Purpose of review: Gene therapy as a treatment for neuromuscular disease has significantly advanced over the past decade. In the present review, the progress of adeno-associated viruses (AAV) vector-mediated gene therapy for Duchenne muscular dystrophy (DMD) during the past year is highlighted.
Recent findings: Modulating the immune response to AAV vector capsid or the transgene has helped to increase stable transduction efficiency. Full-length dystrophin expression via gene editing with targeted nucleases may ultimately be an ideal treatment option. Also genes with homologues function may ameliorate many aspects of the DMD pathophysiology.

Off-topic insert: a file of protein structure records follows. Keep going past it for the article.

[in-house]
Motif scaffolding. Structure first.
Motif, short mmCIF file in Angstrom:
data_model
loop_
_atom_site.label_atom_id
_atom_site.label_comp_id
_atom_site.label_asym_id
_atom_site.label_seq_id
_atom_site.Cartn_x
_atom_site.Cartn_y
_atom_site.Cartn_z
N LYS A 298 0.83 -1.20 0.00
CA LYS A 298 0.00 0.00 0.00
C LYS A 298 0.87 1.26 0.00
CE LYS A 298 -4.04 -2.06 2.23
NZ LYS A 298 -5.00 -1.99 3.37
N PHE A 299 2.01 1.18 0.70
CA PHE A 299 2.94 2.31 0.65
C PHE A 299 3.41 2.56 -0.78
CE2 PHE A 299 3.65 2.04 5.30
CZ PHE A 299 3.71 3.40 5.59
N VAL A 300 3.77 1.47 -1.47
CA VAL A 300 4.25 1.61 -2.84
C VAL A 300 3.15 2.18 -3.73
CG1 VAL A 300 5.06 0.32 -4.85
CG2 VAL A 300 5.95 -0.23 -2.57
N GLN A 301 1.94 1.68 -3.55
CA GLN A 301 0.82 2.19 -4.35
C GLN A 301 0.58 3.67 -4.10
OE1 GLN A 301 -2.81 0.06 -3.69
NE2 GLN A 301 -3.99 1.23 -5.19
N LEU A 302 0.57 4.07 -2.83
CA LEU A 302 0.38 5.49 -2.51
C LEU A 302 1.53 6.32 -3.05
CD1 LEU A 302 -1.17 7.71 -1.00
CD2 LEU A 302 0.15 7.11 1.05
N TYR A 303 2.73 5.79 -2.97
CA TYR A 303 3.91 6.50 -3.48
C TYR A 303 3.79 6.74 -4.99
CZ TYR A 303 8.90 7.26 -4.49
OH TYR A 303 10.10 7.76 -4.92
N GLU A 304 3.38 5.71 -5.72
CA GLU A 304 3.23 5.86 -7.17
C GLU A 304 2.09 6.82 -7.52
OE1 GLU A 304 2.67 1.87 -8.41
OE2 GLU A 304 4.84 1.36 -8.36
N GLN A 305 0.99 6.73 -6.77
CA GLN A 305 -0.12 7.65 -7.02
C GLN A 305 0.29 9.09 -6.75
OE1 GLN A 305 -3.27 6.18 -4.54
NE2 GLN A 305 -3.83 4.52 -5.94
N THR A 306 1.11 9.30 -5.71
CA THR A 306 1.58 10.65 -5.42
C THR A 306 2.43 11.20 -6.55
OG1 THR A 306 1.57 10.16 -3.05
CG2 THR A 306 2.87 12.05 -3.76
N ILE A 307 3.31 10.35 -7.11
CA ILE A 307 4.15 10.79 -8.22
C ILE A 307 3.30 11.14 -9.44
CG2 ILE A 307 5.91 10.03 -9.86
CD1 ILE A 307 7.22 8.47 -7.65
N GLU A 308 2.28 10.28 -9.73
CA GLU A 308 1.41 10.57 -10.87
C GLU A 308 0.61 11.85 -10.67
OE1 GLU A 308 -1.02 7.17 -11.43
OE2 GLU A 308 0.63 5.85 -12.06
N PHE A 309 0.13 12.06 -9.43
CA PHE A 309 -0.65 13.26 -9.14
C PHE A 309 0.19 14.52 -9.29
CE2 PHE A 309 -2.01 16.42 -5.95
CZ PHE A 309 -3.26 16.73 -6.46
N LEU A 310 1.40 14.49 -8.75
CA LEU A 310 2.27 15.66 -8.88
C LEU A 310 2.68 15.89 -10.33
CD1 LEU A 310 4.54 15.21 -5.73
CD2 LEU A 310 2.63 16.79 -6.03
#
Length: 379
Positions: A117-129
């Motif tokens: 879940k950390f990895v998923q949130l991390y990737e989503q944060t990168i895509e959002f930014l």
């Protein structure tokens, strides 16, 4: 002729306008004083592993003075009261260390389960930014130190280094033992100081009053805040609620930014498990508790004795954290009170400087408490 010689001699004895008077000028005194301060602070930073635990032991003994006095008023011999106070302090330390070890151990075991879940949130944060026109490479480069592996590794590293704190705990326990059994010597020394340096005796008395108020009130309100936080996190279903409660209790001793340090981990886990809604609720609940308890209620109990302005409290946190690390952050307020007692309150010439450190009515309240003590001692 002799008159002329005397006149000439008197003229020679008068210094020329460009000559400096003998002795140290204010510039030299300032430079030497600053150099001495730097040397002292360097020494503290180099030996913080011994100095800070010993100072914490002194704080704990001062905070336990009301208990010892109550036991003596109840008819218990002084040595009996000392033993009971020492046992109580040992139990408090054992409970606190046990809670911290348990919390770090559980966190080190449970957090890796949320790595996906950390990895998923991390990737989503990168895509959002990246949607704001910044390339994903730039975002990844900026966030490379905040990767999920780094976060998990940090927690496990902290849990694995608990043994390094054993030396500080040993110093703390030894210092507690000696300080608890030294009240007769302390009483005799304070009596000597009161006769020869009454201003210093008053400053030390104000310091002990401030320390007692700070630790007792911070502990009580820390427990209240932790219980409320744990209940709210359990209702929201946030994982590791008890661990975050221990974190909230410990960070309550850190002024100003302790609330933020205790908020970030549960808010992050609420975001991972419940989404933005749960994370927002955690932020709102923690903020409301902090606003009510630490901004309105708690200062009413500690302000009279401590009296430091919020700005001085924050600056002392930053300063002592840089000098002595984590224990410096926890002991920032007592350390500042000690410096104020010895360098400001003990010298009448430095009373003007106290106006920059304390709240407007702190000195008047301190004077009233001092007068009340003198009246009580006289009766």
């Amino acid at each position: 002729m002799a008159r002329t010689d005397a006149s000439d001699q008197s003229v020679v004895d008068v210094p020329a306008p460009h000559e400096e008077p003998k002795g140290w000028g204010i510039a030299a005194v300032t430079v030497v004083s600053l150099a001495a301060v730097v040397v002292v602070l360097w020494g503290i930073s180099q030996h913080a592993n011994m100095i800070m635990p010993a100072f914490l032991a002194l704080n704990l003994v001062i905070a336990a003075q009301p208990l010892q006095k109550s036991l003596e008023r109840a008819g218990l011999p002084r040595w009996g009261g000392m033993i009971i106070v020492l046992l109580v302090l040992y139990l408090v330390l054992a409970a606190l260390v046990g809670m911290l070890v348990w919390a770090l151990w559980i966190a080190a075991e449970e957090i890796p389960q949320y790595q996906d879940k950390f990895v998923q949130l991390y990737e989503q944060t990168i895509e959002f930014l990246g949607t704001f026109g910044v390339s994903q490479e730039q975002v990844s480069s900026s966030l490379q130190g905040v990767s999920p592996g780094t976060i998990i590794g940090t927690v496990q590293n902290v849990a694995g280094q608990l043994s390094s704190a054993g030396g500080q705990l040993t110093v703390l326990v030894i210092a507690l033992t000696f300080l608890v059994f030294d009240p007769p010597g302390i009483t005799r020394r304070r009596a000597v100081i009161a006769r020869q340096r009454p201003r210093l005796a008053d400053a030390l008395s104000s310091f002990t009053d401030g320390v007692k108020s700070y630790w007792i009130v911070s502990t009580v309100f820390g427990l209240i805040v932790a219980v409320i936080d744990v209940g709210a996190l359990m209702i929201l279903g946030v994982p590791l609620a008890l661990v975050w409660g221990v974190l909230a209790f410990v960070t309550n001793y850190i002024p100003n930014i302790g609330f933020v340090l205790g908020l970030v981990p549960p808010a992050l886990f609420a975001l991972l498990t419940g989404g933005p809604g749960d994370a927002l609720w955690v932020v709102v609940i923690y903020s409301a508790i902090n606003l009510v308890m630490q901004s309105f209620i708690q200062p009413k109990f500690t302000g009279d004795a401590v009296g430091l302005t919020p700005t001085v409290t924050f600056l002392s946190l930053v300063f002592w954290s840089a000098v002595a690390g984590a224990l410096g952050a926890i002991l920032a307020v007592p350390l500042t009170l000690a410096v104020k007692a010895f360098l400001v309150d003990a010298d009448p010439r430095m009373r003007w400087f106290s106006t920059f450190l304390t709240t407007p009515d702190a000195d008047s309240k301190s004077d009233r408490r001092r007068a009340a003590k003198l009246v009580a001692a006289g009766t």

Summary: The work during the past year has increased our understanding of AAV vector-mediated therapy and has also validated new approaches to treat DMD. The results will aid in the design of both preclinical and clinical trials.